Dr. Steven Scappaticci, B.Sc. (Hons.), CSCS, DC, FRCms
We’ve all been asked to touch our toes at some point in our lives. Whether it was our doctor assessing us, a yoga instructor leading us into a pose, or during a fitness test from high school gym class, we’ve all been there.
At the same time, we probably all know someone who cannot touch their toes. Perhaps they’re always stiff because they’re inactive and sit a lot. If we sit in a position that keeps muscles or joints in certain positions, it’s tough to expect that the tissues will be ready and available to perform on cue when asked. But what about those people who are always active but still cannot touch their toes?
According to a quick Google search, depending on the source, approximately 38-53% of adults cannot touch their toes.
If you ask those people why they cannot touch their toes, you’ll often hear the rationales “my hamstrings are tight”, “I have short arms”, “ it’s genetic”, “it’s my age”, “that’s just the way I’m built”, the list goes on and on.
But seriously, what do all of these people have in common that prevents them from touching their toes? You’d be surprised to find that there is NO ONE FACTOR that exists that prevents all these people from touching their toes. But there may be a collection of reasons that can partially or fully contribute to not being able to touch your toes.
The key concept when it comes to movement capabilities comes from Dr. Andreo Spina and the team at Functional Range Systems. What are the joint prerequisites for a specific movement? And does the individual have these prerequisites?
So for someone to bend forward and touch their toes, what are the joint prerequisites? Well starting “at the top”, the individual will require to flex their spine, which we observe when their mid- and low-back start to round. Similarly, they’ll require adequate hip flexion. The knees should be kept straight in this model and there will be very little movement at the ankles as well. Of course this blog will assume that there are no issues with the upper limbs i.e. the shoulder flexion that is required.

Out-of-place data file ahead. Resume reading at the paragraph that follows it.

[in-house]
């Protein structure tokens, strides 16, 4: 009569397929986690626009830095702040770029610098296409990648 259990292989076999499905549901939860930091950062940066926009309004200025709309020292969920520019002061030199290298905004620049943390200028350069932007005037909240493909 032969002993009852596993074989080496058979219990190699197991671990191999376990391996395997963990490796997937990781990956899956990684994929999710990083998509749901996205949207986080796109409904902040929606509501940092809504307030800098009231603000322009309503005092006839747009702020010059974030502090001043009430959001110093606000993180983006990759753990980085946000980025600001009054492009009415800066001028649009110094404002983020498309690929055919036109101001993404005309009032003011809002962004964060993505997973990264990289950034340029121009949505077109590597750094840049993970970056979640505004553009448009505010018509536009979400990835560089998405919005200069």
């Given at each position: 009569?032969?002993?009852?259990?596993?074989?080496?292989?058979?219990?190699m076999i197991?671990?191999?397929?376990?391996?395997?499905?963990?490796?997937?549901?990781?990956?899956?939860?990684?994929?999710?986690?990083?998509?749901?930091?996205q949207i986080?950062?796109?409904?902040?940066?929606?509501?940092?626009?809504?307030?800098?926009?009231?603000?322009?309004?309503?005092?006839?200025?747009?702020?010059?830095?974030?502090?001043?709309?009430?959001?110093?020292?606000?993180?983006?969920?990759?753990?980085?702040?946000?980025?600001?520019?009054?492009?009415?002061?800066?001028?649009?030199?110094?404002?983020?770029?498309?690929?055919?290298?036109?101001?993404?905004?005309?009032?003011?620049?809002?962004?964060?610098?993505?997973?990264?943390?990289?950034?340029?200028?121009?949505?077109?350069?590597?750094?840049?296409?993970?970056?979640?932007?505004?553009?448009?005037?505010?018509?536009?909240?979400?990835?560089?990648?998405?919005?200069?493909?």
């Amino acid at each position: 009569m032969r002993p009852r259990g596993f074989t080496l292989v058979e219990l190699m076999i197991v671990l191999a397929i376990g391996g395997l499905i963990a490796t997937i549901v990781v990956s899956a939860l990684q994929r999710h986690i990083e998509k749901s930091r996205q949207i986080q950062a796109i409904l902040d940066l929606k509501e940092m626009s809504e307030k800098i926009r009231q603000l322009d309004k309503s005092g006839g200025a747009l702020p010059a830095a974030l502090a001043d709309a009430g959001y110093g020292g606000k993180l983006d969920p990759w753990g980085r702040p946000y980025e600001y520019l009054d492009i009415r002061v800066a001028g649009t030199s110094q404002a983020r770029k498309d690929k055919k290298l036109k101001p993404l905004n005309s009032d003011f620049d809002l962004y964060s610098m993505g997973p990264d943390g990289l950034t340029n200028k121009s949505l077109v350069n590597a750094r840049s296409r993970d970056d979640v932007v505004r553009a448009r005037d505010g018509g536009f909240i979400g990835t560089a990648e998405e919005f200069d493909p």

So from a joint perspective, we can see that here that there are many sources of potential limitation(s). Someone may lack the ability to flex the lumbar spine. Is this due to surgical hardware in their back? Are they hyperlordotic? What is causing this? Do they lack the inability to flex their spine due to a medical condition (i.e. Anklyosing Spondylitis)? Or do they simply lack the ability to segmentally flex their lumbar spine, another key concept from Functional Range Systems.
Of course since we mentioned that the ability to flex at the hip is essential, is something preventing that from happening? Osseous blocking? Pinching in the anterior hip crease? Tight posterior hip elements? There can be many scenarios occurring in and around the spine and hips that can contribute to limitations.
Now we’ve just talked about the ‘joint prerequisites’ required but let’s not forget about the ‘tissue requirements’ as well. Since we fold forward when we touch our toes, it creates a pull or a stretch on the posterior elements involved. The tensile ability of these tissues is a huge contributor to achieving the desired toe-touch. People are familiar with the need for pliable hamstrings but there are many other tissues that are often neglected when it comes to this conversation. Aside from hamstrings, there needs to be a lengthening of the spinal erectors, psoas, glutes, and even the calves!
When there is muscle tension that prevents muscle lengthening it can create undesirable tension on surrounding nerves as well! This is actually the cause for the pulling sensation behind the knee that people experience when folding forward. It’s in your best interest to avoid this sensation and scenario!
Now if you can’t touch your toes perhaps this blog gives you some insight into where to start in your search for the key piece. If you have any pain, I encourage you to seek out a qualified health care practitioner who will work with you to achieve your goals!
What Patients Are Saying
I had an amazing foot treatment with Steve yesterday. It left me feeling like I have #newfeet #sharpdressedman" - Darlene